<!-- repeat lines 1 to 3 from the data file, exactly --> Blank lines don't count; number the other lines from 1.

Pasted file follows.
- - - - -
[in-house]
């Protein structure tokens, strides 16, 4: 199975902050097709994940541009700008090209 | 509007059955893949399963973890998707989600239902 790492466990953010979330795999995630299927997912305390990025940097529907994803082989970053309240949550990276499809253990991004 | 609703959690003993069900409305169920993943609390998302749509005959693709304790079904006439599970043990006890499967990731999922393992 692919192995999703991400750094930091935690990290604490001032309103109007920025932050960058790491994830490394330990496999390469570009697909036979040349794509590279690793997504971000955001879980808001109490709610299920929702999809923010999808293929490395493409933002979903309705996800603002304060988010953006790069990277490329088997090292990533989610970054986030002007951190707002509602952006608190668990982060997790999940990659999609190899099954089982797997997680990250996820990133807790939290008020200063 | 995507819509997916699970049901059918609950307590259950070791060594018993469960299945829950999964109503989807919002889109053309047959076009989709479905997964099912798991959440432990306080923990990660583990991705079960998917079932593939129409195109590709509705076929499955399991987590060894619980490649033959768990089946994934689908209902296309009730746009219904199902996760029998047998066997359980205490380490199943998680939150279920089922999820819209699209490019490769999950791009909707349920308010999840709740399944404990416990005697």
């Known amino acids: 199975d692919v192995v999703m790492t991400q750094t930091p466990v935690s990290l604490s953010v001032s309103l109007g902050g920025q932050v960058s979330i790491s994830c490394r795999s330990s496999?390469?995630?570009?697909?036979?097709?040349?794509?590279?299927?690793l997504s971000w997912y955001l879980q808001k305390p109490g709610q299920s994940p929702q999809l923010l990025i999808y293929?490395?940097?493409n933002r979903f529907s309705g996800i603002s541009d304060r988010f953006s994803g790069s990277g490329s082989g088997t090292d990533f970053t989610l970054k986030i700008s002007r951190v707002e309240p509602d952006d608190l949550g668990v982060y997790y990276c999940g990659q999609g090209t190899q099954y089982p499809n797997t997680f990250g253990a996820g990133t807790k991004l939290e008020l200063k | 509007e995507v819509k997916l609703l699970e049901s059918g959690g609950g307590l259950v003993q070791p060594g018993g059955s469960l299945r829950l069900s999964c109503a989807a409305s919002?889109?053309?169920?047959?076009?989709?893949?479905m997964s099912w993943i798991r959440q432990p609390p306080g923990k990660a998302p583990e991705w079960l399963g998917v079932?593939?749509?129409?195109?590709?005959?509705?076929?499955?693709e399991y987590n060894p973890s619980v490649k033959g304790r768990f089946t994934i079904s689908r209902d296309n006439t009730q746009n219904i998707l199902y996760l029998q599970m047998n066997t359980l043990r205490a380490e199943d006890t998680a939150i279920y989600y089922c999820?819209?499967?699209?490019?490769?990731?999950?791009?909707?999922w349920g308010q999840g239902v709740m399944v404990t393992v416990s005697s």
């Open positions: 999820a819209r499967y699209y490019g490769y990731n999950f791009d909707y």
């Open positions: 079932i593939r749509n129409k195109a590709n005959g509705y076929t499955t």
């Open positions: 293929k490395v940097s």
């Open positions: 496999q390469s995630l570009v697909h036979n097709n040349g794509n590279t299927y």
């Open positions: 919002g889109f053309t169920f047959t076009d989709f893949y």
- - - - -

[in-house]
């Protein structure tokens, strides 16, 4: 199975902050097709994940541009700008090209 | 509007059955893949399963973890998707989600239902 790492466990953010979330795999995630299927997912305390990025940097529907994803082989970053309240949550990276499809253990991004 | 609703959690003993069900409305169920993943609390998302749509005959693709304790079904006439599970043990006890499967990731999922393992 692919192995999703991400750094930091935690990290604490001032309103109007920025932050960058790491994830490394330990496999390469570009697909036979040349794509590279690793997504971000955001879980808001109490709610299920929702999809923010999808293929490395493409933002979903309705996800603002304060988010953006790069990277490329088997090292990533989610970054986030002007951190707002509602952006608190668990982060997790999940990659999609190899099954089982797997997680990250996820990133807790939290008020200063 | 995507819509997916699970049901059918609950307590259950070791060594018993469960299945829950999964109503989807919002889109053309047959076009989709479905997964099912798991959440432990306080923990990660583990991705079960998917079932593939129409195109590709509705076929499955399991987590060894619980490649033959768990089946994934689908209902296309009730746009219904199902996760029998047998066997359980205490380490199943998680939150279920089922999820819209699209490019490769999950791009909707349920308010999840709740399944404990416990005697």
């Known amino acids: 199975d692919v192995v999703m790492t991400q750094t930091p466990v935690s990290l604490s953010v001032s309103l109007g902050g920025q932050v960058s979330i790491s994830c490394r795999s330990s496999?390469?995630?570009?697909?036979?097709?040349?794509?590279?299927?690793l997504s971000w997912y955001l879980q808001k305390p109490g709610q299920s994940p929702q999809l923010l990025i999808y293929?490395?940097?493409n933002r979903f529907s309705g996800i603002s541009d304060r988010f953006s994803g790069s990277g490329s082989g088997t090292d990533f970053t989610l970054k986030i700008s002007r951190v707002e309240p509602d952006d608190l949550g668990v982060y997790y990276c999940g990659q999609g090209t190899q099954y089982p499809n797997t997680f990250g253990a996820g990133t807790k991004l939290e008020l200063k | 509007e995507v819509k997916l609703l699970e049901s059918g959690g609950g307590l259950v003993q070791p060594g018993g059955s469960l299945r829950l069900s999964c109503a989807a409305s919002?889109?053309?169920?047959?076009?989709?893949?479905m997964s099912w993943i798991r959440q432990p609390p306080g923990k990660a998302p583990e991705w079960l399963g998917v079932?593939?749509?129409?195109?590709?005959?509705?076929?499955?693709e399991y987590n060894p973890s619980v490649k033959g304790r768990f089946t994934i079904s689908r209902d296309n006439t009730q746009n219904i998707l199902y996760l029998q599970m047998n066997t359980l043990r205490a380490e199943d006890t998680a939150i279920y989600y089922c999820?819209?499967?699209?490019?490769?990731?999950?791009?909707?999922w349920g308010q999840g239902v709740m399944v404990t393992v416990s005697s």